The Christian Science Monitor
Four Oakland, Calif., police officers shot down. An Alabama man strolling a small town with a rifle, looking for victims. Seven elderly people shot dead at a North Carolina nursing home. And on Sunday, six people, including four kids, died in an apparent murder-suicide in an upscale neighborhood in Santa Clara, Calif.
The details in all these cases are still emerging. In most, the exact motive has yet to be determined – or may never be fully understood.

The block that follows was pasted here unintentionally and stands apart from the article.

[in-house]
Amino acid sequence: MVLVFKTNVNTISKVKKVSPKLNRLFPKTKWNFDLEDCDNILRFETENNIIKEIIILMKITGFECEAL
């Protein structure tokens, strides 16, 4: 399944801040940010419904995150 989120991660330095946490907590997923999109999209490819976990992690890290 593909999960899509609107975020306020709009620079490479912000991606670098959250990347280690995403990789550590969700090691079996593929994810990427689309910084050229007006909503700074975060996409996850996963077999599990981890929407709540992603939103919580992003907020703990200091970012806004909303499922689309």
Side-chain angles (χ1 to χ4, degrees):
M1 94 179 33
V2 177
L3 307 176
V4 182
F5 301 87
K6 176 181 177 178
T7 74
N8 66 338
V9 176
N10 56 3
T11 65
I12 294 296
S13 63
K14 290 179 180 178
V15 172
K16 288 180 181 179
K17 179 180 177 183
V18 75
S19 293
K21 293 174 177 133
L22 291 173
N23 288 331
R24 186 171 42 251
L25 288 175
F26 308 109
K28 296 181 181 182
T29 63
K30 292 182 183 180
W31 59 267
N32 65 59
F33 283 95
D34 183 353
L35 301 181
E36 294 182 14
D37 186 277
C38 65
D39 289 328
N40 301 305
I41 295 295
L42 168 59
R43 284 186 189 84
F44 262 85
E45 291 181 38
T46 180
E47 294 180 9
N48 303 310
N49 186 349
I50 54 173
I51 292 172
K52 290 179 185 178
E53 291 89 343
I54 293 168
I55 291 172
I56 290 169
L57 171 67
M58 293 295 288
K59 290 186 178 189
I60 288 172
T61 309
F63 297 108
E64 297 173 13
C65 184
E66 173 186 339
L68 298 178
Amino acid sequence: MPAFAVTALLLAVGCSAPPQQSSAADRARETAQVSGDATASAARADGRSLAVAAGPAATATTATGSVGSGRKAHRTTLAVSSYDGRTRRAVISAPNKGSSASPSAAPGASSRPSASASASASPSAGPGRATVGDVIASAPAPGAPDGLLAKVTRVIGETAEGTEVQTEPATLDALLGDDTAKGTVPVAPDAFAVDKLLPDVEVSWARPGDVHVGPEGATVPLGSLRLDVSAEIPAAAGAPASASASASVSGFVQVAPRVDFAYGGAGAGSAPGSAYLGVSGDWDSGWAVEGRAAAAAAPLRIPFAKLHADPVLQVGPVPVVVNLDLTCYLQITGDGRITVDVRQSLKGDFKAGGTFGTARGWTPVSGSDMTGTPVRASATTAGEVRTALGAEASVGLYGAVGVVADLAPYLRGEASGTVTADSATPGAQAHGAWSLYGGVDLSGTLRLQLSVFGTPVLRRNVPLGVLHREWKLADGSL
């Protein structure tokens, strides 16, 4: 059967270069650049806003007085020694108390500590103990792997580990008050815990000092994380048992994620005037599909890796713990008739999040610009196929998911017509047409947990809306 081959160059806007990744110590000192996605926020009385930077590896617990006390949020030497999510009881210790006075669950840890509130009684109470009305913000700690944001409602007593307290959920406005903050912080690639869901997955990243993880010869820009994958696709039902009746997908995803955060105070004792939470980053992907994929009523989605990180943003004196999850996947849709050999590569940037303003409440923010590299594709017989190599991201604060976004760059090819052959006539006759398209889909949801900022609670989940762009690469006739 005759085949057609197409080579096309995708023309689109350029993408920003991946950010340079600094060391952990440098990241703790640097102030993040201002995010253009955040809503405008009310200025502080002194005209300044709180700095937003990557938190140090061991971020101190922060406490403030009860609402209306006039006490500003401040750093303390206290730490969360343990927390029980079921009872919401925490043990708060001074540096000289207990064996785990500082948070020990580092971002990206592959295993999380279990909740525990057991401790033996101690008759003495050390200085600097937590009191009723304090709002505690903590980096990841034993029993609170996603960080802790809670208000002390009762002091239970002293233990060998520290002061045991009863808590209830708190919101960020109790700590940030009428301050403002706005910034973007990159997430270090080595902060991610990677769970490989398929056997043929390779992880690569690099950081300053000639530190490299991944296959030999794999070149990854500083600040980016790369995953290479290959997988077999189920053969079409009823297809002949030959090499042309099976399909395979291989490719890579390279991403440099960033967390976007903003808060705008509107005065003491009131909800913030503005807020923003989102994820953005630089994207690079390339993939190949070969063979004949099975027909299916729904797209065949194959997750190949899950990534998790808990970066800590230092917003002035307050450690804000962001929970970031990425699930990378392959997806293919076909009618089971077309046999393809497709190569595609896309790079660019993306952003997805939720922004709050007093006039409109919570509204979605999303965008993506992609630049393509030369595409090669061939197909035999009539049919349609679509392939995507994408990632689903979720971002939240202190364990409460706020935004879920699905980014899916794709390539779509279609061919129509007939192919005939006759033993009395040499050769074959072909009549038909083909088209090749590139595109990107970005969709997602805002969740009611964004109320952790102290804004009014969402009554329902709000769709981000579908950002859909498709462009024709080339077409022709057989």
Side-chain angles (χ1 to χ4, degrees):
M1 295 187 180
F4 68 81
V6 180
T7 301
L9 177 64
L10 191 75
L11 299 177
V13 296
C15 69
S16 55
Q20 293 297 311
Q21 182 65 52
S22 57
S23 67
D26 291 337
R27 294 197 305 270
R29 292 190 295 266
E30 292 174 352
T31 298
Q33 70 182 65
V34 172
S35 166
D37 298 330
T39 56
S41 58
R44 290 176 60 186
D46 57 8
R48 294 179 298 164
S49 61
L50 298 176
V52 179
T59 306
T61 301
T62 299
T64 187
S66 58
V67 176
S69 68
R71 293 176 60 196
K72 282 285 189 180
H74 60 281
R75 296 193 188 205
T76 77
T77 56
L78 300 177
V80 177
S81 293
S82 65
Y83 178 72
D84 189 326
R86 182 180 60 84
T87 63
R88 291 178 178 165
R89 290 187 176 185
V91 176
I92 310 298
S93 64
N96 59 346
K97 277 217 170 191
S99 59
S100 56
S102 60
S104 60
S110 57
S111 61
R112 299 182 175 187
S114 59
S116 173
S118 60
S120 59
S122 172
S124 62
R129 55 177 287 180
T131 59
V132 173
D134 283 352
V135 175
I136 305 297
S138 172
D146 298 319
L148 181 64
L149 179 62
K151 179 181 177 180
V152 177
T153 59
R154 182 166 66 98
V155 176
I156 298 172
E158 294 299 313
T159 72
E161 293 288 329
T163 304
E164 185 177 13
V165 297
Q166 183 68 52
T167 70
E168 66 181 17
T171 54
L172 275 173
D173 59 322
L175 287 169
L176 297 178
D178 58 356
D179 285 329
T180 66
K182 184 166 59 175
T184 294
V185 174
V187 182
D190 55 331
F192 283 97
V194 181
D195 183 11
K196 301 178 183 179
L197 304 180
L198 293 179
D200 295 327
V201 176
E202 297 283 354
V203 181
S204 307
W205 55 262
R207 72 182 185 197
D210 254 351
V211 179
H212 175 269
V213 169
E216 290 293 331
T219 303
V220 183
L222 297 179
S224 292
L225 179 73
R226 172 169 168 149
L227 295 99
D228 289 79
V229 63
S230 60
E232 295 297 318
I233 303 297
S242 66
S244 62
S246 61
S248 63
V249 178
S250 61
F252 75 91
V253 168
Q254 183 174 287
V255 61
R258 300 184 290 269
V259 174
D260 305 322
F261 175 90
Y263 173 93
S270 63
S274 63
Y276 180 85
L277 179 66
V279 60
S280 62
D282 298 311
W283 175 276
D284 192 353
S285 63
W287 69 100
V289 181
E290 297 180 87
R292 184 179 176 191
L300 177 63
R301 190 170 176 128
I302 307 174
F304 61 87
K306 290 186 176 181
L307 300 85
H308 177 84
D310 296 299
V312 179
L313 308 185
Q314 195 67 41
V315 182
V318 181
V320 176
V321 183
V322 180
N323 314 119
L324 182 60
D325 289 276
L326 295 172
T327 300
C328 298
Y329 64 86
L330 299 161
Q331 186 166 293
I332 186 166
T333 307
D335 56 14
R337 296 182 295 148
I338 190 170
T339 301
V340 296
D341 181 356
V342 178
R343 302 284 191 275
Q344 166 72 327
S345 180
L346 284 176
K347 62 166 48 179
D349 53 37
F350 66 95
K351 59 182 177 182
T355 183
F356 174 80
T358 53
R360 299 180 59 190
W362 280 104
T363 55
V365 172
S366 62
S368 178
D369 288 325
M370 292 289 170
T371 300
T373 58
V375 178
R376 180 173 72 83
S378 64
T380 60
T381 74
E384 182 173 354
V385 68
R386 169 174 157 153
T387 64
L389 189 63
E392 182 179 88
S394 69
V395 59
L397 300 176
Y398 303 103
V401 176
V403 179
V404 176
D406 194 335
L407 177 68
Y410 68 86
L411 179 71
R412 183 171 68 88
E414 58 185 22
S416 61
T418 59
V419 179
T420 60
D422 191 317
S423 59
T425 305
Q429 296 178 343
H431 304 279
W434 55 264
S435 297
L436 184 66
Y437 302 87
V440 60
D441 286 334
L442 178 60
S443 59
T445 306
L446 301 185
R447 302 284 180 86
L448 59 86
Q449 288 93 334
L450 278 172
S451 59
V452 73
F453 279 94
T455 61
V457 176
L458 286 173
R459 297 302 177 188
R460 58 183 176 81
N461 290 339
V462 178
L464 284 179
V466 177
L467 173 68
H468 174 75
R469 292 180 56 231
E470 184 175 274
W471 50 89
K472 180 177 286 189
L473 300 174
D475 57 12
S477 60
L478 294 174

On a broader level, however, such incidents may be happening more often because an increasing number of Americans feel desperate pressure from job losses and other economic hardship, criminologists say.
"Most of these mass killings are precipitated by some catastrophic loss, and when the economy goes south, there are simply more of these losses," says Jack Levin, a noted criminologist at Northeastern University in Boston.
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